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Estate Planning

Estate Planning

Estate Plans are for Everyone

You might think that “estate planning” is a fancy legal or financial practice reserved for celebrities or the wealthy. Certainly, you might be shocked to learn that a wealthy celebrity died without an estate plan, when there seems to be so much at stake. However, you do not need to have a vast fortune, or a scenic “Estate” in the English countryside, to need an estate plan.

An Estate Plan is a practical set of legal documents that expresses your wishes as to how you will be cared for, and how your assets will be managed, in any situation where you are not able to make decisions for yourself. There are many reasons to establish an Estate Plan, including peace of mind, legal clarity, and financial considerations. We all need to take steps to protect our family (or other chosen beneficiaries) from chaos, unnecessary costs, or unforeseen circumstances in the event of our incapacity or death.

Benefits of an Estate Plan

Eliminating Chaos

An Estate Plan can provide clear guidance to families if a loved one is unable to make their own decisions for any reason. An Estate Plan can also eliminate chaos families might otherwise experience after the death of a loved one. With an Estate Plan in place, you have selected your trusted agents to make decisions for you and you have decided in advance how your assets will be handled. In so doing, you have also removed the potential for arguments and costly court proceedings.

Protecting Beneficiaries

Protecting your beneficiaries is among the most important reasons for establishing an Estate Plan. You may have beneficiaries who are minors or dependent adults. You may have beneficiaries who have special needs. You may have adult beneficiaries who need to be “protected from themselves” when it comes to making financial decisions. Most states have laws requiring the appointment of a guardian for minors; therefore, designating a guardian for your minor children in your Estate Plan can eliminate confusion, family discord, and costly legal fees.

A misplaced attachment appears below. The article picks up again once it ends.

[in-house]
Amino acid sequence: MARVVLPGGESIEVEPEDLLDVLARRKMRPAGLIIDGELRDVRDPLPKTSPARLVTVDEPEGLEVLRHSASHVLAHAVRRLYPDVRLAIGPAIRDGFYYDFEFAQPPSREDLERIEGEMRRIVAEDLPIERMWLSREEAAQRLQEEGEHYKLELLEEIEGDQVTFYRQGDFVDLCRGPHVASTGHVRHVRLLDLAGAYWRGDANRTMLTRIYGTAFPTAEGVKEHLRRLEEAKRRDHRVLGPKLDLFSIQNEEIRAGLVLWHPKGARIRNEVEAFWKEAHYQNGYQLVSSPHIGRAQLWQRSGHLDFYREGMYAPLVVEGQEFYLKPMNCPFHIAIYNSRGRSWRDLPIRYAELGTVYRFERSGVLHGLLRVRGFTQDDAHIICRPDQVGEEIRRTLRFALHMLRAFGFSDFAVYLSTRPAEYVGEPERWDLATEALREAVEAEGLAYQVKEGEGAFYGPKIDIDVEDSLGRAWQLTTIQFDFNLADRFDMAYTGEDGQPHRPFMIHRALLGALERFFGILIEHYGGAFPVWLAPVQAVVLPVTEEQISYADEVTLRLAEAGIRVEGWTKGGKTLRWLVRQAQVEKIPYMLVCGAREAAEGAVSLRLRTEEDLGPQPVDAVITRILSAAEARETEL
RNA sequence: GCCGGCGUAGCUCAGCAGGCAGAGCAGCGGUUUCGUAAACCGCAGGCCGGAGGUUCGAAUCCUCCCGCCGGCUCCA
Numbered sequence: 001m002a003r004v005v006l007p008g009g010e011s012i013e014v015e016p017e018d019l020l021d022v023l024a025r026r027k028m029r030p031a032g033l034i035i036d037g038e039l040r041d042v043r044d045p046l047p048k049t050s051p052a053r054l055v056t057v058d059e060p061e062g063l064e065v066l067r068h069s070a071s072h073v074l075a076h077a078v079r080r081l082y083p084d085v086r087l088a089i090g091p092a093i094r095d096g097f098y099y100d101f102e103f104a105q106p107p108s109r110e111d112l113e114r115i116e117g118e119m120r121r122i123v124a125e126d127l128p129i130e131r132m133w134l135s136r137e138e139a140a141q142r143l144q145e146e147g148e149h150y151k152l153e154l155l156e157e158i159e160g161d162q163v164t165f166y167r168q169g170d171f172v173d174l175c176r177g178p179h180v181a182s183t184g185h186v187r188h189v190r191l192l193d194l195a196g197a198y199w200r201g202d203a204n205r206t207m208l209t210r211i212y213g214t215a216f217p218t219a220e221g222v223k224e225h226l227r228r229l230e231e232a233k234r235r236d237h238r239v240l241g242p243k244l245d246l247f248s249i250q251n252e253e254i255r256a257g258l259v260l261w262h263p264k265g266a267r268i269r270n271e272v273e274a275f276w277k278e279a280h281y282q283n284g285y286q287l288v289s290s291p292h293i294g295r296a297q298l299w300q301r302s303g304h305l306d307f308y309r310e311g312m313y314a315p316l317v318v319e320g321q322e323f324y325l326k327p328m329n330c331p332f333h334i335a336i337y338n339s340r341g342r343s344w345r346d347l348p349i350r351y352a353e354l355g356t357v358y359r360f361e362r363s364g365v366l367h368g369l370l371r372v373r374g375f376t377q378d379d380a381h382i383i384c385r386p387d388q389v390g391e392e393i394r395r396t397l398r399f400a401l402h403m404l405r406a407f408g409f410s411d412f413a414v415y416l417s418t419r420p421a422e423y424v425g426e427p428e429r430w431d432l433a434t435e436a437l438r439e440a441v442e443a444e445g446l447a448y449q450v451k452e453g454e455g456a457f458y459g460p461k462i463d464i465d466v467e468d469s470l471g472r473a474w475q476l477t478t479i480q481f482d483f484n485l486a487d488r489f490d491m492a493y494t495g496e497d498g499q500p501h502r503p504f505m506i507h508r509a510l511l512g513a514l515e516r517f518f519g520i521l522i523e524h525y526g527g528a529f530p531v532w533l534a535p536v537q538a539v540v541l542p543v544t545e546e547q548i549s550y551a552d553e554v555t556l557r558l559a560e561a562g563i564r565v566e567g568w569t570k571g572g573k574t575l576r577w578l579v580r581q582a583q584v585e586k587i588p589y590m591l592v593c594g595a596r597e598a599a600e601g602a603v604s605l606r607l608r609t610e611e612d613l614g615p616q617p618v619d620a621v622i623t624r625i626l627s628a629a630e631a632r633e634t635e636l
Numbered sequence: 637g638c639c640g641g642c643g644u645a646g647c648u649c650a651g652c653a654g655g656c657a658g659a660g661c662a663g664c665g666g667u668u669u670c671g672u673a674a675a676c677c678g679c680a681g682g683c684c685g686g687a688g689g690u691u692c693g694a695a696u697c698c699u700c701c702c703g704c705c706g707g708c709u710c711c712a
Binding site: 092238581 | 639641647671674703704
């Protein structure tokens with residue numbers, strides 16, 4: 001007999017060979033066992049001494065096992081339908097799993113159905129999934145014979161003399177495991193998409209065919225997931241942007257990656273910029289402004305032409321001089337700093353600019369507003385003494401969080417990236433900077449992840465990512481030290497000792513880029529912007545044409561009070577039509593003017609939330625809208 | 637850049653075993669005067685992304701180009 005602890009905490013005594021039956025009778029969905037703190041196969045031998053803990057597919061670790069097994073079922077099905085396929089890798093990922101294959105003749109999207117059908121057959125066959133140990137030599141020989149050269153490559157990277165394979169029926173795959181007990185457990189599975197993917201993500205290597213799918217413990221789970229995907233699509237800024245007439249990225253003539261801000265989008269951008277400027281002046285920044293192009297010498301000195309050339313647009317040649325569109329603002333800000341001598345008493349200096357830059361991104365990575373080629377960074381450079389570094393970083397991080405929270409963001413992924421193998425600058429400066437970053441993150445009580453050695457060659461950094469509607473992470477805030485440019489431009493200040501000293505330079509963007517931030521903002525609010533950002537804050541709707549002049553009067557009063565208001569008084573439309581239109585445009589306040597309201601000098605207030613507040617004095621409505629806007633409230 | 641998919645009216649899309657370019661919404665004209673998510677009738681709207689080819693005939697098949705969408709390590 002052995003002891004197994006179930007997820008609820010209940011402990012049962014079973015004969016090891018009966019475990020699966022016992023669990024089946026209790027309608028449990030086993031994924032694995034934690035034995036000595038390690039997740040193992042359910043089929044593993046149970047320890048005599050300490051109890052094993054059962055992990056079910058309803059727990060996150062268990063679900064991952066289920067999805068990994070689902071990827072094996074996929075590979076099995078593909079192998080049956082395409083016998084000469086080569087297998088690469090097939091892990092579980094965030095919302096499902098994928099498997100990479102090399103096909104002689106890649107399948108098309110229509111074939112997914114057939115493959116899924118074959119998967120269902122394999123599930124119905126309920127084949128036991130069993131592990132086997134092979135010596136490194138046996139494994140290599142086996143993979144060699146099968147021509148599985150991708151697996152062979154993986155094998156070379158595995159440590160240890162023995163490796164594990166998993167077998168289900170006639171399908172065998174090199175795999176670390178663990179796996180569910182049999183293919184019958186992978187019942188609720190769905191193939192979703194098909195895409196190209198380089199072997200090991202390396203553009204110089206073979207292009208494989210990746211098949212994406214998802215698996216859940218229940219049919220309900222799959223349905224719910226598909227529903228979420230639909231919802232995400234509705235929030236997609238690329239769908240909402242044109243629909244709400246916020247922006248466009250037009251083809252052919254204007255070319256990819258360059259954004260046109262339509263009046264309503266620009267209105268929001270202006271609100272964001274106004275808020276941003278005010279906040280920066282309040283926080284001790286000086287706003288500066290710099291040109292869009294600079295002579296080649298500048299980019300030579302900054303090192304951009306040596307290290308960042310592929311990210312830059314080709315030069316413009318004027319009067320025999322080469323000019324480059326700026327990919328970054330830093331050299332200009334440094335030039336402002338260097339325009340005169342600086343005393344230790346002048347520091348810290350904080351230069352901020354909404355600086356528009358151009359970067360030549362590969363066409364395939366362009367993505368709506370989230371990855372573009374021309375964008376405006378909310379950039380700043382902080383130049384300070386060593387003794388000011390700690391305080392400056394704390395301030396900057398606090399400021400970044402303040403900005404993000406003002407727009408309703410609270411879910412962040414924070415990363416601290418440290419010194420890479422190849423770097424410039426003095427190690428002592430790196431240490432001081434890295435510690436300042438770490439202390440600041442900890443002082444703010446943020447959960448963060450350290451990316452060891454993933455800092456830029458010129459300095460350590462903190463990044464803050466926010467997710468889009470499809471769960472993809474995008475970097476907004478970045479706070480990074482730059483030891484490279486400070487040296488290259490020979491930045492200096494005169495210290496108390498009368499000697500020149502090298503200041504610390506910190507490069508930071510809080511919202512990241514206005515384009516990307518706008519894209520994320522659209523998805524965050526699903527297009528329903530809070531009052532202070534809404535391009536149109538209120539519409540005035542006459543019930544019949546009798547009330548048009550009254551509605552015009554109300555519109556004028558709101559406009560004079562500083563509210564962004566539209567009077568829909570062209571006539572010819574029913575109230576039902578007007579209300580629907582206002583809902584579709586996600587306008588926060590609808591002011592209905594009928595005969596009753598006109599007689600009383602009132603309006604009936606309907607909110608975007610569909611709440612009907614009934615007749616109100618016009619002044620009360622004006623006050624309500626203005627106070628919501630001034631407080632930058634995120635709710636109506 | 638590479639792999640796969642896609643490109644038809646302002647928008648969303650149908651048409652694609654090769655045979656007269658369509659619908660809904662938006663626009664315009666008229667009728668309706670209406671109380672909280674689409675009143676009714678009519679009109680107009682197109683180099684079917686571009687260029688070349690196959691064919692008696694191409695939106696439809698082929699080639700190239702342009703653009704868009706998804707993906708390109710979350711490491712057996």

Avoiding Probate

An Estate Plan can be established in a manner that circumvents the need for probate, and “avoiding probate” is often cited as one of the reasons people are motivated to create an estate plan. One tool that can be used to avoid probate is a revocable living trust. However, many people also misunderstand what probate is, and your Estate Plan should reflect all of your unique needs, not just probate avoidance. Visit the FAQ section of our website to learn more about what probate is.

Avoiding Estate and Inheritance Taxes

While federal estate tax exemptions are at an all-time high, your estate may be subject to other taxes depending on what state you live in and who your beneficiaries are. A well constructed Estate Plan can help reduce or even eliminate the burden of estate or inheritance taxes.

Protecting Assets

The time to think about protecting your assets is before you or your beneficiaries need protection. As a part of your Estate Plan, asset protection could shelter your assets from unforeseen circumstances such as a lawsuit, foreclosure of property, or claims of creditors, and more.

Consult with an experienced estate planning attorney to create your Estate Plan. Our estate planning lawyers may recommend a will, a power of attorney, an advance medical directive, and the use of a revocable trust (also known as a grantor trust). We will explain, in detail, why these documents are important, and how each is an essential part of a comprehensive Estate Plan.
Consider the following circumstances when preparing to meet with your attorney:

• You have been married more than once
• You are recently divorced
• You have minor children
• You have a family member with special needs
• You are a business owner
• You own real estate
• You have retirement accounts

Contact us to schedule a consultation. There is no charge for the first meeting if you decide that you do not want to retain our estate planning services. Our estate planning fee is usually a set fee based on the documents’ complexity, rather than an hourly rate.